Link Posted: 10/1/2011 3:29:15 PM EST
[Last Edit: 10/1/2011 4:03:19 PM EST by 1911smith]
.223 is the only rifle caliber I'm reloading on XL650. I've got some expensive bench rest dies in RCBS and Redding but reserve those for single stage operation with only LaPua or new Winchester brass. Have Hornady New Dimension .223 dies for AP press. BUT...

If you look at bottom of Dillon dies, you get the idea quickly that they are beveled for Dillons index.

Now that said, I can make the other dies work and probably wouldn't have an issue 19 out of 20 strokes of the handle. That twentieth may require handle to be backed off a smidge or reach in and correct alignment.

That does nothing but irritate the hell out of me.


Just the anticipation alone sends me into spastic fits and ruins the whole experience for me. Now remember who your hearing here.... Mr. I load with Lee and manufacture match grade hand loads. My Lee presses are meticulously tuned and I only run Lee dies with them. That's because Lee dies are made to index with Lee press.

I tried a set of New Dimension one time in my Loadmaster and it was miserable. When I was finally able to steal a set of Lee .40S&W, the New Dimension dies were stored and haven't been used since. I'll get them back out to load .40 on AP press.

Same experience running Lee FCD in either AP, 450 or 650 machines. FCD doesn't align perfectly every time, sending me into lunar orbital, spasmastical apprehension.

Save yourself a couple trips to the pharmacy a month, buy the dies meant to operate with your press.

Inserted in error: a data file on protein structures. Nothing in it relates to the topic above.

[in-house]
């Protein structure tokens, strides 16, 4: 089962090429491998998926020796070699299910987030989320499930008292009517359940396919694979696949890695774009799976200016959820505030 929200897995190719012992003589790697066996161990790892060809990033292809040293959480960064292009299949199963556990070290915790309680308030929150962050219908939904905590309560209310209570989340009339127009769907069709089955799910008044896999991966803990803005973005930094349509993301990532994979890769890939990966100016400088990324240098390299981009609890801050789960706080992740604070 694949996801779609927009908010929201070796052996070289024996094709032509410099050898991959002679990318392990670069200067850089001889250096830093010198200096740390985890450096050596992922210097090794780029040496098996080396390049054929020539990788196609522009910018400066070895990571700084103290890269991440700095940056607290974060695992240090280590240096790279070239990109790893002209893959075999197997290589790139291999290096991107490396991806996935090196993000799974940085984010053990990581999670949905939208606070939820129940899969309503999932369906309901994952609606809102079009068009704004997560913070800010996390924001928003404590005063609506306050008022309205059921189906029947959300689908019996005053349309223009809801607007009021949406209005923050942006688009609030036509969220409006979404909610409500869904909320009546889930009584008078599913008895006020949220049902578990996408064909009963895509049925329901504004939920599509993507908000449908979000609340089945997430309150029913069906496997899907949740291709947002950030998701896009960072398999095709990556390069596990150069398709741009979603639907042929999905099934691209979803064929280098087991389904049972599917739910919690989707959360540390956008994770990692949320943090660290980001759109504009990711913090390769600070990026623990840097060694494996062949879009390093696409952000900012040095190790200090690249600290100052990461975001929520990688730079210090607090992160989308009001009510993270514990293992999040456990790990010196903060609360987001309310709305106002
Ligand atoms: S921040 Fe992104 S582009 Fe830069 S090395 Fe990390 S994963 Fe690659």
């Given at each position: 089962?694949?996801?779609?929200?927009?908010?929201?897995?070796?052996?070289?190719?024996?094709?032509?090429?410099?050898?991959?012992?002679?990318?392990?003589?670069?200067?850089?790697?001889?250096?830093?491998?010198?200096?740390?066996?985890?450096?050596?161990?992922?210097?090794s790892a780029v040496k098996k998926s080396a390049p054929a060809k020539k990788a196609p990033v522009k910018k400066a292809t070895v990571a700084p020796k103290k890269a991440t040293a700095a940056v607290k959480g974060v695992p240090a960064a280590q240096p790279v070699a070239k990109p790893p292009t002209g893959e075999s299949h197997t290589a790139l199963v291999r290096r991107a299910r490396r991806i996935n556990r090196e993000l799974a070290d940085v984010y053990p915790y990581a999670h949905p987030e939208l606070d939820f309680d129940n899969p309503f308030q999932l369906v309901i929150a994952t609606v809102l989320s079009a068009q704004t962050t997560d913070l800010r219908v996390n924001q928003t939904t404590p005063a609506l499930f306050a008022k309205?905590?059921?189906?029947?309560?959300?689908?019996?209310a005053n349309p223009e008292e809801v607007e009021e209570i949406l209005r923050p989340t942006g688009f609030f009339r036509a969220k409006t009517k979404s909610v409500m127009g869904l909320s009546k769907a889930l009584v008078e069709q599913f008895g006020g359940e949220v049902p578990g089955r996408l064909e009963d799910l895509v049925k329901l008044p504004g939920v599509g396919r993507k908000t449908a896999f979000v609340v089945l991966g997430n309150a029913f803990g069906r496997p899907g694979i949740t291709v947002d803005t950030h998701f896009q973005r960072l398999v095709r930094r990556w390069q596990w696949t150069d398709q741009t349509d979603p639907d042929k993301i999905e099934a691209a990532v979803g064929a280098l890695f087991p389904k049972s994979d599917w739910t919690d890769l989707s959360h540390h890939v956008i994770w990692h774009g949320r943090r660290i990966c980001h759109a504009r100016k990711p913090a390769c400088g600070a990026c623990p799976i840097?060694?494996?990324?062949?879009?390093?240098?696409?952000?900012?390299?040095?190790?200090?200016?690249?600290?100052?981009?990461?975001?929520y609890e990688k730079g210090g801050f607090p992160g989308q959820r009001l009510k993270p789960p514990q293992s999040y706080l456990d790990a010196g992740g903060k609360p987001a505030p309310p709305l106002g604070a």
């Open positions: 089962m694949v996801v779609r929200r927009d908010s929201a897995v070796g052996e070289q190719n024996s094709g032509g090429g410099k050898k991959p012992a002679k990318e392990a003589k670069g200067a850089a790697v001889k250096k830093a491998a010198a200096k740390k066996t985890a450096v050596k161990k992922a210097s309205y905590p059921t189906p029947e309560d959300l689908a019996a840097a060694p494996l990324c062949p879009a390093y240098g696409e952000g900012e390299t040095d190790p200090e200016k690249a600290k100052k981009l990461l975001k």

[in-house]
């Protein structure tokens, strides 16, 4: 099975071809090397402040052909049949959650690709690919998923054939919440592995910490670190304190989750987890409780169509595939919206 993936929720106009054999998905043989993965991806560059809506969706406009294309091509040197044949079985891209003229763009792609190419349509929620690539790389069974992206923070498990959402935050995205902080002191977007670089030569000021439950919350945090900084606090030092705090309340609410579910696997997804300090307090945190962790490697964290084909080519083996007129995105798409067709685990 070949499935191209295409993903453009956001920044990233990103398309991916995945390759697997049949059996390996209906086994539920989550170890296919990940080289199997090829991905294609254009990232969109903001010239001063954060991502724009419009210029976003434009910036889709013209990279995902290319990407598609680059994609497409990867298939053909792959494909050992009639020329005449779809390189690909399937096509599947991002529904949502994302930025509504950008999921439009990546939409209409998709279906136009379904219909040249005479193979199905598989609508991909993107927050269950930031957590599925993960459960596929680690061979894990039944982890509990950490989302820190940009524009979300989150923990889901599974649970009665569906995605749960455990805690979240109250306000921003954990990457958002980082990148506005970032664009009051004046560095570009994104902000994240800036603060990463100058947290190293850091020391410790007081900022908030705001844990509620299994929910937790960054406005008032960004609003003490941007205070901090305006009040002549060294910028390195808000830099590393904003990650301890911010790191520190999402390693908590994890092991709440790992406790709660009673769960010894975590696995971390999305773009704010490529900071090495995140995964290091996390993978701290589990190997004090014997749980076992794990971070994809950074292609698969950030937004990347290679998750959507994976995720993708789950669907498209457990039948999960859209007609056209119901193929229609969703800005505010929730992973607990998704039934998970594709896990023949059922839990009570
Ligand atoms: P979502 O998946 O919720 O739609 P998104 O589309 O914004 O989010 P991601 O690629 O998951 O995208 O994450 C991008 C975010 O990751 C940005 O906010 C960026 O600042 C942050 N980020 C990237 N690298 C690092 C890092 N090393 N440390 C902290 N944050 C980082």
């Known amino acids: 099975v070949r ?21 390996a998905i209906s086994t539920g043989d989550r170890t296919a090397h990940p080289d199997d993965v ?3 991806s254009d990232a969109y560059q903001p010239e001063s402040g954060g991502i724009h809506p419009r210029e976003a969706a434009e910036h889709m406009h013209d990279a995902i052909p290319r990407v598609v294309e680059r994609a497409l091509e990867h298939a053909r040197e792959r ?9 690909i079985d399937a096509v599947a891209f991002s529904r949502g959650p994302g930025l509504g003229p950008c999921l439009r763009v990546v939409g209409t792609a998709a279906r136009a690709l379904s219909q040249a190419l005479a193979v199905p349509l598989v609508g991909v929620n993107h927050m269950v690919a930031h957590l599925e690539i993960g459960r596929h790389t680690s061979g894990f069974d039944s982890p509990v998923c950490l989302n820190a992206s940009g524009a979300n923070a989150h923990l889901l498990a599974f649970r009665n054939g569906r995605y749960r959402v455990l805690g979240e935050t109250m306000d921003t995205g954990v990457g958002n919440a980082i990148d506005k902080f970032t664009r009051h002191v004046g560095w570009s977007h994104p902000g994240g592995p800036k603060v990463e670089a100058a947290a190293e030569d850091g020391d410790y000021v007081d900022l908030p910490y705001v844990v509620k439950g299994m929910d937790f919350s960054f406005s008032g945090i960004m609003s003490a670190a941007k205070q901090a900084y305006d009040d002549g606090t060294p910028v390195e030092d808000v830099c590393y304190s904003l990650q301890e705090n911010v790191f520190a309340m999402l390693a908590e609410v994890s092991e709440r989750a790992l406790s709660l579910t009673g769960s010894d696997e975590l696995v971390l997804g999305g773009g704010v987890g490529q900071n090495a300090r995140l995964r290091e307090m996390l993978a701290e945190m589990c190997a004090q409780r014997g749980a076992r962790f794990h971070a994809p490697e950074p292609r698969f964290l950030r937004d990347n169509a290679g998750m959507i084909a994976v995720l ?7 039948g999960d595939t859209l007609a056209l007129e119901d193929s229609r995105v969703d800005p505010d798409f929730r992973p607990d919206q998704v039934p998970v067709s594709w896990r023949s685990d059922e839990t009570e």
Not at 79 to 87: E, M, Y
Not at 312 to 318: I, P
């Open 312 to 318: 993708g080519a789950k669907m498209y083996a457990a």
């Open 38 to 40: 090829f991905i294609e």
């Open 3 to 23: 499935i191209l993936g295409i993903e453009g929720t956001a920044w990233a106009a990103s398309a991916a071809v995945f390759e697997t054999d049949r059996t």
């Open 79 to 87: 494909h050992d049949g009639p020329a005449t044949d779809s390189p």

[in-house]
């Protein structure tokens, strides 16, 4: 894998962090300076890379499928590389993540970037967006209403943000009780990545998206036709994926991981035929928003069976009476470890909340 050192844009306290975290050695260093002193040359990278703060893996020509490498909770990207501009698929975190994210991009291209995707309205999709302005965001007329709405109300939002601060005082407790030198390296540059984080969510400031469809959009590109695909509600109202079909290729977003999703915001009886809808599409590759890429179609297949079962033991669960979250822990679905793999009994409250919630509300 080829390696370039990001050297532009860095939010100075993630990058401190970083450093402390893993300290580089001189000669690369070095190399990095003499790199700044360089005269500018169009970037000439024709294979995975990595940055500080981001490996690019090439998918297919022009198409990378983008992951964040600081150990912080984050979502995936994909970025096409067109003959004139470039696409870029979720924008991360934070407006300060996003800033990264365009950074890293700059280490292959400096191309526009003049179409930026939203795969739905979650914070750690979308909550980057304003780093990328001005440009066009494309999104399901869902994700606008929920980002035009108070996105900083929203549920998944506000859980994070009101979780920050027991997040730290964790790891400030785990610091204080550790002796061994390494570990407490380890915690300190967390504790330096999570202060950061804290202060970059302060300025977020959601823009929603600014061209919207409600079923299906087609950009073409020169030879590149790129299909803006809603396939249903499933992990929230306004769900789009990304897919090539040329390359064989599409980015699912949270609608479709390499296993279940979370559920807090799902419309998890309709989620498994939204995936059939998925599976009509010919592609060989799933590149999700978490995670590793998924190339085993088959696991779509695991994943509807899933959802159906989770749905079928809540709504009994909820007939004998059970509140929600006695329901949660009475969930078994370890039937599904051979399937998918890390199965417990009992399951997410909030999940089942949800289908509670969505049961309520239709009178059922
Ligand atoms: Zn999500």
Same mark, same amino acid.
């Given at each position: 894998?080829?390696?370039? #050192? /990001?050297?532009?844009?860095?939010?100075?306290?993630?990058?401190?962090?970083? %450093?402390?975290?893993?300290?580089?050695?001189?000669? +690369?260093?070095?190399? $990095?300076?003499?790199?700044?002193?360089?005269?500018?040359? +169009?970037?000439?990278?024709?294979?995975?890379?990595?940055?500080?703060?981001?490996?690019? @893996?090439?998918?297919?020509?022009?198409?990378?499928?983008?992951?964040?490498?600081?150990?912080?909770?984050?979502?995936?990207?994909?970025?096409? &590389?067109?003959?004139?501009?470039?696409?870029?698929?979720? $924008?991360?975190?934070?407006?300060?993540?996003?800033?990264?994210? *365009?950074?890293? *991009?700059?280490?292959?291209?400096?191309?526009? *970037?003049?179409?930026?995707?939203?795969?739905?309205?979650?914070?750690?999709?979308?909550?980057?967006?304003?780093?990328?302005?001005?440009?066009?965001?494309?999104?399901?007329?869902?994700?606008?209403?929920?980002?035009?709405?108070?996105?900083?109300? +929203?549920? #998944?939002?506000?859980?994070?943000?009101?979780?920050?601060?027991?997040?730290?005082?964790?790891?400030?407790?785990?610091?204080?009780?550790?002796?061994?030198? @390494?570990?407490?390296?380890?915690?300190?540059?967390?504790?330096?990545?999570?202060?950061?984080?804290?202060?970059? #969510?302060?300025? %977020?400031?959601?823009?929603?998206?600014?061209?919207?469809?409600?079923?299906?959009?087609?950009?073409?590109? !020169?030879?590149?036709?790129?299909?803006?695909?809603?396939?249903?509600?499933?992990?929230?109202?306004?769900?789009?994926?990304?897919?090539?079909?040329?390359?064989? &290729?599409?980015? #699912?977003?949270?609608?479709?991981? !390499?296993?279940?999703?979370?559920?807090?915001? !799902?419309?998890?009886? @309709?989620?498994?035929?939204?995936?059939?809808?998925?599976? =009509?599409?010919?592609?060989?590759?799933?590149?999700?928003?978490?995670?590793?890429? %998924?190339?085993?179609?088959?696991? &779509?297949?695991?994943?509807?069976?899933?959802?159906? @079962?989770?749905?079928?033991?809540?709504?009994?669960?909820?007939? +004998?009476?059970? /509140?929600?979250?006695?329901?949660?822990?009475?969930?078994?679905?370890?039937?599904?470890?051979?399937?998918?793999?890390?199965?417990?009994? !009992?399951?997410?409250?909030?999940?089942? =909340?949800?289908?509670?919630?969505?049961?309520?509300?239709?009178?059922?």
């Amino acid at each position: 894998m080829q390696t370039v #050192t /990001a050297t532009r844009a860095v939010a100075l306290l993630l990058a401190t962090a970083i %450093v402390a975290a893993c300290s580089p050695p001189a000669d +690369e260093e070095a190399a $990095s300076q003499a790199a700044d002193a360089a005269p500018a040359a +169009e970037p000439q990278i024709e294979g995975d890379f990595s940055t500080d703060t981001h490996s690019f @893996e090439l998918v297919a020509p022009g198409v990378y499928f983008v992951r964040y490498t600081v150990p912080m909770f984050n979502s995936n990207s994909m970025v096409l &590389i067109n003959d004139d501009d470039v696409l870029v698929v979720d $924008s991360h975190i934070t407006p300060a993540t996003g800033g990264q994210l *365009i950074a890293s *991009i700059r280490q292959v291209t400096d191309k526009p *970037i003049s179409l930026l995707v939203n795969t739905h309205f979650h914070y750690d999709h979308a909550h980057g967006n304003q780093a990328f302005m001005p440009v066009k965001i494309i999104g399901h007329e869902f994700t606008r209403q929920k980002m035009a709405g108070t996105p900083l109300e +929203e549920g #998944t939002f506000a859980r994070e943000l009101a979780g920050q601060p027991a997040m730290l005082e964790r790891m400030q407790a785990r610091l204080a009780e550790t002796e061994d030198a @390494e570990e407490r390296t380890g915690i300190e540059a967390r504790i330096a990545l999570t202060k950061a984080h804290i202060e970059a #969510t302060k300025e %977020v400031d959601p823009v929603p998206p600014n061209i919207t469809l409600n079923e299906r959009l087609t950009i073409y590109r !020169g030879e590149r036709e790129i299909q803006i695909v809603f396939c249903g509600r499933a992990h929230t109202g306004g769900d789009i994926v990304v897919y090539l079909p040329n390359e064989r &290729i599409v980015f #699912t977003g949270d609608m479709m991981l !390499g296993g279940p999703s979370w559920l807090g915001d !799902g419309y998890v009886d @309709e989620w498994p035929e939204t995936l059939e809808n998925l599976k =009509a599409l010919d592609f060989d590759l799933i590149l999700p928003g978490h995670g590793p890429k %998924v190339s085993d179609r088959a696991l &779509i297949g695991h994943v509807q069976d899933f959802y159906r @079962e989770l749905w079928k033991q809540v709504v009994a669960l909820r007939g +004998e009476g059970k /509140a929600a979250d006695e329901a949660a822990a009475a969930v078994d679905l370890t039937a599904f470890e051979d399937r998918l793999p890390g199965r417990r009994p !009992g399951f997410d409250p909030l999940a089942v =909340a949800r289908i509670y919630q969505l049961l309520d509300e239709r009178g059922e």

Wonder where I left that bottle of Wellbutrin.
Link Posted: 10/1/2011 3:34:48 PM EST
[Last Edit: 10/1/2011 3:37:23 PM EST by 1911smith]
Originally Posted By rn22723:
You gain absolutely nothing going with Dillon Carbide dies, sorry still gotta lube. Dillon's sole intent is for the high volume user. Which most are not ever going to wear out a normal die. Personally the best thing about 3 die sets are you get the separate crimp die. Which is a great idea. Seating is one step, and if you elect to crimp it should be done as a separate step.

Regular Dillon dies are just fine!


I won't argue the fact that regular Dillon dies work fine, but I'll guarandamntee you they're worth every penny of what I spent and wouldn't dream of being without them.... Until you have a set you just don't or can't dream of the difference they make.

Minimal spray necessary, load'em into case feeder and crank like hell..... size and trim 800 in an hour no problem if your arm doesn't fall off from over revolution.

I just can't do the dies justice with mere words.
Link Posted: 10/1/2011 6:55:32 PM EST
Link Posted: 10/2/2011 2:08:21 AM EST
all my rifle dies are Hornady, but then again I size rifle brass on a single stage. I like Hornadys' floating bullet seater system, allows the projectile to line up straighter before seating. The zip spindle is good as well as it prevents the decapping rod in the sizing die from being pushed up, the older Hornady sizing dies had a collette which held the decappng rod in place by pure friction.